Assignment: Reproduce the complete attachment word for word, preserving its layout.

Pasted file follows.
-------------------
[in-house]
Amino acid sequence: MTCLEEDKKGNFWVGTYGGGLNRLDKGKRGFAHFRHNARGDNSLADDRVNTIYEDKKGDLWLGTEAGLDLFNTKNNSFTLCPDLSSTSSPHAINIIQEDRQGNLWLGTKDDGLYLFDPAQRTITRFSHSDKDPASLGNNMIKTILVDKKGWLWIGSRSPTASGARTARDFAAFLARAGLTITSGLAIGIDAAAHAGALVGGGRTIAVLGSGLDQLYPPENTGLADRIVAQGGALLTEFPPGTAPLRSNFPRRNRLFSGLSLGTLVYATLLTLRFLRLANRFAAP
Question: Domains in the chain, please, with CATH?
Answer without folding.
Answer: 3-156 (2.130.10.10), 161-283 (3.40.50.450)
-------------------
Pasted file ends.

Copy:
[in-house]
Amino acid sequence: MTCLEEDKKGNFWVGTYGGGLNRLDKGKRGFAHFRHNARGDNSLADDRVNTIYEDKKGDLWLGTEAGLDLFNTKNNSFTLCPDLSSTSSPHAINIIQEDRQGNLWLGTKDDGLYLFDPAQRTITRFSHSDKDPASLGNNMIKTILVDKKGWLWIGSRSPTASGARTARDFAAFLARAGLTITSGLAIGIDAAAHAGALVGGGRTIAVLGSGLDQLYPPENTGLADRIVAQGGALLTEFPPGTAPLRSNFPRRNRLFSGLSLGTLVYATLLTLRFLRLANRFAAP
Question: Domains in the chain, please, with CATH?
Answer without folding.
Answer: 3-156 (2.130.10.10), 161-283 (3.40.50.450)